Question: I read a lot on the Internet about this programming language called Julia being very fast, but I’m very skeptic. What do you say?

Answer: It’s good to be skeptic, but you can try yourself!

Q: Some time ago I actually tried and I found it to be very slow. See, I wrote this small script, but it took almost a couple of seconds to do very simple things…

A: Right. There are some things to keep in mind:

  1. Julia has a non-negligible start-up time. It isn’t that bad, it’s generally on the order of 0.4 seconds or so, but if your workflow consists on running several times very small scripts, you’re going to pay this cost every time you start Julia. If this is a problem, you can either change your workflow to run a single long-running script or just don’t use Julia. If you want to repeat very small tasks multiple times driving them from the shell maybe Julia isn’t what you need to use and that’s OK. However keep in mind that Julia is a perfectly fine language for scripting, so you could also consider using Julia to drive your scripts, which would also allow you not to start Julia multiple times.
  2. Julia is a Just-In-Time (JIT) compiler, or maybe a Just-Ahead-Of-Time one. This means that in each Julia session, the first time you run a function (or a method of a function, to be more precise) it needs to be compiled, unless its compiled version was saved in the sysimage. Again, compilation time isn’t that bad, it’s usually no more than ~0.1 seconds (actually way less than that for most functions), but more complicated functions can take longer. The problem however is that this time adds up, and it adds to the start-up time above.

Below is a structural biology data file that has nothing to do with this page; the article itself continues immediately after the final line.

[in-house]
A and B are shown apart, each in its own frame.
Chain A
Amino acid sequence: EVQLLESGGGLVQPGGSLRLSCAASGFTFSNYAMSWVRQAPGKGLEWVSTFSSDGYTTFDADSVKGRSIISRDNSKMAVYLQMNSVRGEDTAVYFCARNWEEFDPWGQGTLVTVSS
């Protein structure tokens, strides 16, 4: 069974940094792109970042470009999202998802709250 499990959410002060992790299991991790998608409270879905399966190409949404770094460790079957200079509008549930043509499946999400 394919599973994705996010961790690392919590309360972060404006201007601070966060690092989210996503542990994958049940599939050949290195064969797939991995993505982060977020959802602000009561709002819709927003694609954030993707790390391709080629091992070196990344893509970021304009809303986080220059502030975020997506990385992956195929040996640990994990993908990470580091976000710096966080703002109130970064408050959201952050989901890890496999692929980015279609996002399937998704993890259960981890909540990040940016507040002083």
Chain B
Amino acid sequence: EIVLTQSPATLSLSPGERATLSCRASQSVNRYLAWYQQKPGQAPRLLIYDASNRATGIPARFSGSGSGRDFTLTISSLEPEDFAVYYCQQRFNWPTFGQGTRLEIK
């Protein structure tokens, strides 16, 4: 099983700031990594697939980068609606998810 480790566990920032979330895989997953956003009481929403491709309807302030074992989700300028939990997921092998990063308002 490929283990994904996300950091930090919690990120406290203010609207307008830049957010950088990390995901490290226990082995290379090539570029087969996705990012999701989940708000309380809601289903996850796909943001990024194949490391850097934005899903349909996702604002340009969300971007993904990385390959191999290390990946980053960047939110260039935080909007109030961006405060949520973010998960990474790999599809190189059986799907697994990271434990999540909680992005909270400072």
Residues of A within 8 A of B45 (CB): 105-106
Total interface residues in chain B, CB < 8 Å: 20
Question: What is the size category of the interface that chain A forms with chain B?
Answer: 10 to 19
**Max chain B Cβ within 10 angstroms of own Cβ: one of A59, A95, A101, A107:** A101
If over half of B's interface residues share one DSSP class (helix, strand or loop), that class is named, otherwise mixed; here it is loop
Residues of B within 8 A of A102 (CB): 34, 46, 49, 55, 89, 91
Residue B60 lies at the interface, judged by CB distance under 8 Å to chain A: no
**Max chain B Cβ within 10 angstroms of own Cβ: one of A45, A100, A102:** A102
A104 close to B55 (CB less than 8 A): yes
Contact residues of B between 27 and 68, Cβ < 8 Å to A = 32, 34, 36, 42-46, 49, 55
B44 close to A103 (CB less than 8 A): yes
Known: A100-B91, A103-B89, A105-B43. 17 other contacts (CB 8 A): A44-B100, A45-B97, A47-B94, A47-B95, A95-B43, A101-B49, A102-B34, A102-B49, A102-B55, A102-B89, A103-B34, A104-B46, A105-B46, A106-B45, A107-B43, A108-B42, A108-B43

3. It’s very easy to make mistakes that very… I mean very negatively affect performance of Julia code. The most common gotcha is using global variables. Global variables are usually considered bad practice in many compiled languages, in Julia non-constant variables completely destroy performance. Avoid them and reorganise the code to use functions, or make the global variable constant, if that’s really a constant that has to be accessed by multiple functions. See Julia’s performance tips for more gotchas. While it seems daunting to remember all of them, it takes little practice to become familiar. Also, you can gradually learn them, you don’t need to get everything right from the beginning, you can learn them the hard way ;-)

To summarise, Julia gives its best in long-running sessions so that start-up and JIT compilation costs are paid as few as possible. There are some tools to make it easier to restart Julia less frequently, or decrease the JIT cost:

  • Revise.jl automatically recompiles methods that are modified in the source code of packages or scripts. When developing packages, this tool lets you seamlessly hot-reload the code and not restart Julia all the time. Thanks to Julia’s introspection and reflection capabilities, this works granularly and recompiles only the needed methods. Note that when you do restart Julia, the package you edited will be entirely recompiled anyways. One more reason to avoid restarting Julia multiple times!